13 March 2010

we must not be speechless

I just read this on the Huffington Post.
I am - speechless.

From the Texas Freedom Network's
live-blog of the board hearing: Board member Cynthia Dunbar wants to change a standard having students study the impact of Enlightenment ideas on political revolutions from 1750 to the present. She wants to drop the reference to Enlightenment ideas (replacing with “the writings of”) and to Thomas Jefferson. She adds Thomas Aquinas and others. Jefferson’s ideas, she argues, were based on other political philosophers listed in the standards. We don’t buy her argument at all. Board member Bob Craig of Lubbock points out that the curriculum writers clearly wanted to students to study Enlightenment ideas and Jefferson. Could Dunbar’s problem be that Jefferson was a Deist? The board approves the amendment, taking Thomas Jefferson OUT of the world history standards.

Texas Freedom Network's commentary: We’re just picking ourselves up off the floor. The board’s far-right faction has spent months now proclaiming the importance of emphasizing America’s exceptionalism in social studies classrooms. But today they voted to remove one of the greatest of America’s Founders, Thomas Jefferson, from a standard about the influence of great political philosophers on political revolutions from 1750 to today.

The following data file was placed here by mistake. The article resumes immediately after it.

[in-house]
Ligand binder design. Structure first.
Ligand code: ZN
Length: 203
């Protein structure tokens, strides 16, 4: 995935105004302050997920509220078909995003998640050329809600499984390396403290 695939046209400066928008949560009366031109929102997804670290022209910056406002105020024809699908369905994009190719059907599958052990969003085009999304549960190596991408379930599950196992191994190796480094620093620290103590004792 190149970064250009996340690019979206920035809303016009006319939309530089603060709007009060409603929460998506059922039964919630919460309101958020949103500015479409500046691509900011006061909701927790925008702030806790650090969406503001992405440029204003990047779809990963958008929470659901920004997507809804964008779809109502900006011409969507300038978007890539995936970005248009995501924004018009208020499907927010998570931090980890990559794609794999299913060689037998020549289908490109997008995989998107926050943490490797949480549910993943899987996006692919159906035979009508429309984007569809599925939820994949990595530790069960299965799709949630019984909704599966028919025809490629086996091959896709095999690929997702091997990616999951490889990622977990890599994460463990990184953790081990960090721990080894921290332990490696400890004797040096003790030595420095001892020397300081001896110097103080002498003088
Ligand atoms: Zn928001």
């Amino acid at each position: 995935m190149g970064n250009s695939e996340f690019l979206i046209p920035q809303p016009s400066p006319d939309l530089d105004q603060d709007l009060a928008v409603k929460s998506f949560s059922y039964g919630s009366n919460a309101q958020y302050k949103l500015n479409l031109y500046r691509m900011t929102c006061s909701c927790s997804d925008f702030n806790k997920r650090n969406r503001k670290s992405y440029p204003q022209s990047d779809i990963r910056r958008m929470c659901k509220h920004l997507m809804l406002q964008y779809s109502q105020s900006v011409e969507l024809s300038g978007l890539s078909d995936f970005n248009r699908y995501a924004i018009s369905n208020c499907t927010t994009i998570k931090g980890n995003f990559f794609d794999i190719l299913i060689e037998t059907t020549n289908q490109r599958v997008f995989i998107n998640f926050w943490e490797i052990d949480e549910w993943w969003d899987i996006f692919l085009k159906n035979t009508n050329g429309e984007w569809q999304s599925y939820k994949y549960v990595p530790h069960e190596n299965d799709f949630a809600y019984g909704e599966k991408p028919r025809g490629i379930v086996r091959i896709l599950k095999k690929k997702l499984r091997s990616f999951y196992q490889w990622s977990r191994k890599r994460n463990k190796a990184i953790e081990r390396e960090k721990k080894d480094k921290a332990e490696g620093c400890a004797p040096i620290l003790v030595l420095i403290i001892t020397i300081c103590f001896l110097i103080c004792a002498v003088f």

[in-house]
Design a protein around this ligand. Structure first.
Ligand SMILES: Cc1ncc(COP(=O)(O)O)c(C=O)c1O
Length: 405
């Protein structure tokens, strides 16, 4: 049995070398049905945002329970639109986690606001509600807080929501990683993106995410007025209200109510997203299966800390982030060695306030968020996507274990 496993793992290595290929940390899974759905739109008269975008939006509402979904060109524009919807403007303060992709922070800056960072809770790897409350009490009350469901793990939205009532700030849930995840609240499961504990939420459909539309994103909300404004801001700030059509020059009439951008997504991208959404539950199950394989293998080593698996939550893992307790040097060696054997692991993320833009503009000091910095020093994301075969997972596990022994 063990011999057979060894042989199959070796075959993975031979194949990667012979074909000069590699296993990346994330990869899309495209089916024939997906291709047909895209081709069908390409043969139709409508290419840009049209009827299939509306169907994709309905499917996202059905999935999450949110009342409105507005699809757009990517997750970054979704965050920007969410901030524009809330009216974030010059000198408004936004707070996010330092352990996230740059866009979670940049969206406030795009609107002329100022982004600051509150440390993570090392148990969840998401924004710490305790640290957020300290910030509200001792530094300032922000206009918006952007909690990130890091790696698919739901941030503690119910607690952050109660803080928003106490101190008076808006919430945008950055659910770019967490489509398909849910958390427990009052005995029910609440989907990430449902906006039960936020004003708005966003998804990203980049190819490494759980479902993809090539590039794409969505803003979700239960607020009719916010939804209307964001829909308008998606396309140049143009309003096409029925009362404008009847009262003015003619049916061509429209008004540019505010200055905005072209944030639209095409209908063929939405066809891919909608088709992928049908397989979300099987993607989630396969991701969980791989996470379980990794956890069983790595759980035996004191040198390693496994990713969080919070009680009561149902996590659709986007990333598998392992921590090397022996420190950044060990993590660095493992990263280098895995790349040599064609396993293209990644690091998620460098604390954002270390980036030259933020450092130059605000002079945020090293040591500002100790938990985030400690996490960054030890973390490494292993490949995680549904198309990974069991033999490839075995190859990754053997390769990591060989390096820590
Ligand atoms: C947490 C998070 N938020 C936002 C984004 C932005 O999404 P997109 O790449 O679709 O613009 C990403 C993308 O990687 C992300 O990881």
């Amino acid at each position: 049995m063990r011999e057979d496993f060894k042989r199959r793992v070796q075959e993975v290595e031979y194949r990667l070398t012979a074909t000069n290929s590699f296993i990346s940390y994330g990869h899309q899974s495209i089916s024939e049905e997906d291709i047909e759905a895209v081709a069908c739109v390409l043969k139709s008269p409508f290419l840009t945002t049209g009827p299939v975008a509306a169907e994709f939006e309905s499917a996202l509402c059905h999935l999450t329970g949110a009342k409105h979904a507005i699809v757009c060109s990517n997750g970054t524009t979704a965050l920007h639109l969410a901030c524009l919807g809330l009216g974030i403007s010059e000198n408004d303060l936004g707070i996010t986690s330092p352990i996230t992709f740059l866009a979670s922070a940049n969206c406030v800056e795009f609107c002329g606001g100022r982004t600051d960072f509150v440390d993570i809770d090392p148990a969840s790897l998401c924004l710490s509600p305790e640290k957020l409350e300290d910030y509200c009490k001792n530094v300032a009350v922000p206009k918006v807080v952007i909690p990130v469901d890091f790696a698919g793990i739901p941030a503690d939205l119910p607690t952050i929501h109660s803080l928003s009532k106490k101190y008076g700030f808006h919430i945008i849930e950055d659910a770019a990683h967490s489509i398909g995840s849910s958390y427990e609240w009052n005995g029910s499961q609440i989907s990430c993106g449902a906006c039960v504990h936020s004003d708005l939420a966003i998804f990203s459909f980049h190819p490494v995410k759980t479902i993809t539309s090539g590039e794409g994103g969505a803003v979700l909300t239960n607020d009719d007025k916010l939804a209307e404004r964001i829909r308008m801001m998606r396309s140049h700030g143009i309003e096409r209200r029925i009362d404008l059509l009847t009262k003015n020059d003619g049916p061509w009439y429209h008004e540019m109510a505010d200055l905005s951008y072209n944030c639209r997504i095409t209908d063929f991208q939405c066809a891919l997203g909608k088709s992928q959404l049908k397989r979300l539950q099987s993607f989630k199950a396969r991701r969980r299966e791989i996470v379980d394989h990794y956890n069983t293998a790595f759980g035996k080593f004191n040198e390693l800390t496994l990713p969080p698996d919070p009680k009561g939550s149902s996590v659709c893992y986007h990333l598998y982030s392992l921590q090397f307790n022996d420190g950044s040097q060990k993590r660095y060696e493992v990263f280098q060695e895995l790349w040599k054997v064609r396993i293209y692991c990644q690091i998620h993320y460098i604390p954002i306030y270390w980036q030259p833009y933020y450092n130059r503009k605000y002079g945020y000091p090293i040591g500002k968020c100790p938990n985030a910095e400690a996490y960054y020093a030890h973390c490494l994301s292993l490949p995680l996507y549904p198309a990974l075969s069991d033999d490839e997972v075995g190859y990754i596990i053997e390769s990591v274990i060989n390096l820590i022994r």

KnitNana said...


La Duchesse said...

I.. I... I'm so disgusted I can't even begin to think of a response other than disgust and outrage.

Bridget said...

Jefferson? Aquinas? Posers.

(P.S. Aquinas is not even an AMERICAN.)

thirdborndaughter said...

To add insult to injury what plays in Texas gets used in every other state because Texas is so big it influences what is in the textbooks used in most schools in America.So they are not just messing with Texas, they are messing with every school child!

Nicole said...

How can you remove Jefferson from the history standards while we still live in the US? I mean really. Not only was he a President of this country, but he kinda WROTE THE PAPER that effected our separation from Britain in the first place.

This had better not stand. We had better not stand for it.